How to Serve Beer at Your Wedding


Photo by Lacie Hansen

Long gone are the days of grabbing cases of Bud Light or Coors and calling it a day. As the craft beer movement continues to grow, we're seeing couples incorporate beer into their weddings in the most creative ways. But beyond serving brews in innovative ways (think beer flights and custom tap bars!), it's also important to remember what exactly you're serving guests. There are so many great options on the market right now, that with the right research, you can find a selection to match everyone's taste buds.

To help you navigate stocking your (beer) bar, we asked a few experts to give us the low down on the craft brew movement and how to incorporate it into your wedding. From what flavors to serve to how many kegs to buy, we have everything you need to know about serving beer at your wedding, below.

What to Serve

This will change depending on how beer-heavy you want your bar menu, but remember that it's always important to give guests options. If you’re serving a signature cocktail or a few wine options, you may not need as many beer choices. But if you’re all about the craft beer game and want to showcase your love of brews, you'll want to take multiple flavor profiles into account.

When selecting varieties, Rikki Welz from Iron Horse Brewery recommends starting with your favorite beers or beers that evoke meaning or have a history for you or your relationship.

Beyond that, you'll want to find craft options that will appeal to everyone’s palate. She says go for something lean and fairly light. “When considering beer styles for a wedding with folks who aren't insane beer zealots, the styles you want to look for are generally beers with light to moderate bitterness, light to moderate sweetness, and lower in ABV (6% or less, generally),” says Welz. “Think cream ales, blonde ales (with the low end of IBUs/hopping presence if possible), pilsners, and Mexican/Czech/German-style lagers.”

How to Serve It

Figuring out the right way to buy beer for your wedding has a lot to do with personal preference. So first consider how you like to drink yours, whether that's from the tap or in a bottle or can. Next, think about aesthetics. For instance, if cans make you reminisce about your college days, it may not be the look you’re going for on your big day. And, finally, think about the bar environment you want to create. If you plan on the dance floor being packed all night, glass bottles may not be the smartest choice. But the good news is this: For the most part, there isn’t a significant cost difference between kegs, bottles, and cans, so simply choose what you think will look and work best for you and your wedding.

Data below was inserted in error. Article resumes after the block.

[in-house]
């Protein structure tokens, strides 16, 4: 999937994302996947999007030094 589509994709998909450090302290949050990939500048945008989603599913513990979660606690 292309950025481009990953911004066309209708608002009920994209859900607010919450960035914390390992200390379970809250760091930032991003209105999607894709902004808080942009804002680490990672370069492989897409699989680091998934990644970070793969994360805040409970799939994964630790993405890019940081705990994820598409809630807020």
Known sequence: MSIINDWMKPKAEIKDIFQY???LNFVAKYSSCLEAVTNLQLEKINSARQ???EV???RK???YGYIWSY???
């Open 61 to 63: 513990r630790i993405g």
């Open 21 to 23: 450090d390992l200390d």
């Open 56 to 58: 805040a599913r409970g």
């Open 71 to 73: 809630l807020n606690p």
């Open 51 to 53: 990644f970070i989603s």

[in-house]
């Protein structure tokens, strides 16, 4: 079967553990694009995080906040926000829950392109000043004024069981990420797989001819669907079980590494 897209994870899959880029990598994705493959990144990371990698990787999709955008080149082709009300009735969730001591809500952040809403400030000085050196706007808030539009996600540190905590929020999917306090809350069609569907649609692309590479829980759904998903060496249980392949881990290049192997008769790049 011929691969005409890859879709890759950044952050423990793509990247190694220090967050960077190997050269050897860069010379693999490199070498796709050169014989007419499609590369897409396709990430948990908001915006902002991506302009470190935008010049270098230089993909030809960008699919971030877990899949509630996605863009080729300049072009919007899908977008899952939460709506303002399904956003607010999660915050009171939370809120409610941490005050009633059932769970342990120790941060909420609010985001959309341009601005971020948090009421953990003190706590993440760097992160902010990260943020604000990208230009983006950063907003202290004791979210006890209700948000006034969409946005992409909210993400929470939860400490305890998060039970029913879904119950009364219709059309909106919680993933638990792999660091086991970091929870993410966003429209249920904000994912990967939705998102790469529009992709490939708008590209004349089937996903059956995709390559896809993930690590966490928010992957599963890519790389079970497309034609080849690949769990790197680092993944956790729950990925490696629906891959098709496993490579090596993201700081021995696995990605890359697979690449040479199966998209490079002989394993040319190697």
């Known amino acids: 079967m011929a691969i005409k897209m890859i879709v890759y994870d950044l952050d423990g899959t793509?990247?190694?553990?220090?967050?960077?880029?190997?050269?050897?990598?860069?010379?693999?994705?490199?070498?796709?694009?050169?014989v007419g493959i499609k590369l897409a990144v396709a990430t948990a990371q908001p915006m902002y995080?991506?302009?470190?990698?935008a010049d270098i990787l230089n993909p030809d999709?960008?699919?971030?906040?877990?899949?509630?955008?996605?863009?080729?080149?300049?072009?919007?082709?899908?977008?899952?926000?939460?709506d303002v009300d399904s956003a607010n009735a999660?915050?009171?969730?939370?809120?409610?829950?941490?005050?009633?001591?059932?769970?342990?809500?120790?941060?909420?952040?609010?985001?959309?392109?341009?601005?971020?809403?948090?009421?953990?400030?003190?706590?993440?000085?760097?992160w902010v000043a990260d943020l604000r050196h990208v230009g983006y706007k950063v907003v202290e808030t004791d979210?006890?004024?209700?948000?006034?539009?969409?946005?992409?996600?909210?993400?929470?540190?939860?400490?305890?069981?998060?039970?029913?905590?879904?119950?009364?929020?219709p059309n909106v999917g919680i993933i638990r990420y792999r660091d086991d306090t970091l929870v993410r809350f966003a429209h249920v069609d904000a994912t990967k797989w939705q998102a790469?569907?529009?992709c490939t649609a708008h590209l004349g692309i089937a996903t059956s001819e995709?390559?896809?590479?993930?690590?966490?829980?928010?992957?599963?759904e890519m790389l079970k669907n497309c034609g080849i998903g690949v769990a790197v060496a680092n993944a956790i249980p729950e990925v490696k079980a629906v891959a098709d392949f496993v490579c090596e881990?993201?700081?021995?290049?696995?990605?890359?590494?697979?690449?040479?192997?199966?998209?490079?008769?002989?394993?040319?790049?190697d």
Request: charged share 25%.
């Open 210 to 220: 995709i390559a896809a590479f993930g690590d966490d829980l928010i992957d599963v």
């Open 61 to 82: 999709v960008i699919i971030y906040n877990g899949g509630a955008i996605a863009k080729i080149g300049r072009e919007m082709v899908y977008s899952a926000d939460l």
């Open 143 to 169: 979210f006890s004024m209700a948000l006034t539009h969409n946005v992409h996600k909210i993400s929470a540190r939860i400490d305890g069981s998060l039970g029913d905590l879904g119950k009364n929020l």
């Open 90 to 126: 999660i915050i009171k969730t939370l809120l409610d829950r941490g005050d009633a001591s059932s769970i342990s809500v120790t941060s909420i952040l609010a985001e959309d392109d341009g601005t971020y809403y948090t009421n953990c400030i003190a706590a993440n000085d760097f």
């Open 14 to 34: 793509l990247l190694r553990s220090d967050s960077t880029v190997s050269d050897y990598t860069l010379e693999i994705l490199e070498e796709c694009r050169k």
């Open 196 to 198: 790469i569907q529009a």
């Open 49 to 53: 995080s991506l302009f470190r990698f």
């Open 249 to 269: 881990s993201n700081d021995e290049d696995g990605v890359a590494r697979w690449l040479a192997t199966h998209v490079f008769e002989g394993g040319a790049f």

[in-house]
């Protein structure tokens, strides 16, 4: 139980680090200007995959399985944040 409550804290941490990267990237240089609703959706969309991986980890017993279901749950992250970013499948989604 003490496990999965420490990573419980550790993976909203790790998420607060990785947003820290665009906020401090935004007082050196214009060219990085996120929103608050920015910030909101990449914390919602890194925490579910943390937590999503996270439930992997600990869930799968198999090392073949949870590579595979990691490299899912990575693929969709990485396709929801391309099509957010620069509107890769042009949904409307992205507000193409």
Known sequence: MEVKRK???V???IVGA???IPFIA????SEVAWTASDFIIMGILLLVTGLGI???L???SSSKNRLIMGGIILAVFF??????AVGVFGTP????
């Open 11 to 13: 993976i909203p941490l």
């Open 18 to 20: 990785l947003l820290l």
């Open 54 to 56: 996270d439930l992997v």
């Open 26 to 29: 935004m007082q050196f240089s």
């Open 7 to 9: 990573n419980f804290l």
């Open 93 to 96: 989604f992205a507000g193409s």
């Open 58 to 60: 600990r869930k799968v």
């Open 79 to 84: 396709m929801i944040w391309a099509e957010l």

How Much to Buy

Here, it's smart to err on the side of having a little extra. “A 1⁄2 barrel contains about 120 16 oz. pints—that’s a lot of beer!” says Norman. “If you plan on about one drink per hour per guest for a 150-person reception that lasts 5 hours, you’d need around 750 drinks." So that would mean, if you’re only serving beer, you could use up to six kegs or nearly 30 24-packs of bottles or cans.

While Norman admits this calculation may tend to be a bit excessive, especially since most wedding bars offer a variety of options, she says it's best to overestimate so you don't run out. Plus, you can always stock your bar at home after the wedding if you have extra!

Where to Buy It

It's possible to buy in bulk at your local craft brewery, but it may depend on your location and what the brewery is willing to do. So call around to check your options! Breweries will often let you buy cans and bottles straight out but make sure to ask about kegs, as that may be the most efficient option if you're planning to serve in high volume at your reception. “It is possible to purchase kegs directly, but we only service patrons who will pick up kegs in our taproom,” says Danika Norman, marketing manager for Bale Breaker Brewing Company. “We have many local fans who purchase our beer for their weddings and pick it up in the taproom day-of.”

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